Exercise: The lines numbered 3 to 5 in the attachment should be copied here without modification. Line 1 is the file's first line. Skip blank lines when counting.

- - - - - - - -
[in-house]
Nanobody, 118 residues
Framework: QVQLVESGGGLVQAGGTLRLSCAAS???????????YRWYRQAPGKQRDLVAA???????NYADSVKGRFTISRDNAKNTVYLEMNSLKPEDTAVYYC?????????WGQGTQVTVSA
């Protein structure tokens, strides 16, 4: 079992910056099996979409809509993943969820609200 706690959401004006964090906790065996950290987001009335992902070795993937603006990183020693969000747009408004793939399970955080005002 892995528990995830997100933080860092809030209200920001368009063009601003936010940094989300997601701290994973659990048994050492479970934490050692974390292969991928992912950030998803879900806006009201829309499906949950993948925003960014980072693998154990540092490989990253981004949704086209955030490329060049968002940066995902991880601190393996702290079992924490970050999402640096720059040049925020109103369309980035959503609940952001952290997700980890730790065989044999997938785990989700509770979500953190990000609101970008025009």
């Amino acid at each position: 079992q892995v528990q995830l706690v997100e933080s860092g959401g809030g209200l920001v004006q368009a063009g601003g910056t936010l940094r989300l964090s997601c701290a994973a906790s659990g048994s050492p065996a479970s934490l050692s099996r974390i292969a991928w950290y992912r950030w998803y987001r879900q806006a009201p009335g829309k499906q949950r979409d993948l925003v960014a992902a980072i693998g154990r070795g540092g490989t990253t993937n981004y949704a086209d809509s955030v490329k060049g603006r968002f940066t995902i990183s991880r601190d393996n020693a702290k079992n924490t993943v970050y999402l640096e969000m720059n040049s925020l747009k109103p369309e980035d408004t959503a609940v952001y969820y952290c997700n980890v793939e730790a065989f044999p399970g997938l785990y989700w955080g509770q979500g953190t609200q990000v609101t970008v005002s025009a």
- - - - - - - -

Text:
Framework: QVQLVESGGGLVQAGGTLRLSCAAS???????????YRWYRQAPGKQRDLVAA???????NYADSVKGRFTISRDNAKNTVYLEMNSLKPEDTAVYYC?????????WGQGTQVTVSA
């Protein structure tokens, strides 16, 4: 079992910056099996979409809509993943969820609200 706690959401004006964090906790065996950290987001009335992902070795993937603006990183020693969000747009408004793939399970955080005002 892995528990995830997100933080860092809030209200920001368009063009601003936010940094989300997601701290994973659990048994050492479970934490050692974390292969991928992912950030998803879900806006009201829309499906949950993948925003960014980072693998154990540092490989990253981004949704086209955030490329060049968002940066995902991880601190393996702290079992924490970050999402640096720059040049925020109103369309980035959503609940952001952290997700980890730790065989044999997938785990989700509770979500953190990000609101970008025009």
């Amino acid at each position: 079992q892995v528990q995830l706690v997100e933080s860092g959401g809030g209200l920001v004006q368009a063009g601003g910056t936010l940094r989300l964090s997601c701290a994973a906790s659990g048994s050492p065996a479970s934490l050692s099996r974390i292969a991928w950290y992912r950030w998803y987001r879900q806006a009201p009335g829309k499906q949950r979409d993948l925003v960014a992902a980072i693998g154990r070795g540092g490989t990253t993937n981004y949704a086209d809509s955030v490329k060049g603006r968002f940066t995902i990183s991880r601190d393996n020693a702290k079992n924490t993943v970050y999402l640096e969000m720059n040049s925020l747009k109103p369309e980035d408004t959503a609940v952001y969820y952290c997700n980890v793939e730790a065989f044999p399970g997938l785990y989700w955080g509770q979500g953190t609200q990000v609101t970008v005002s025009a």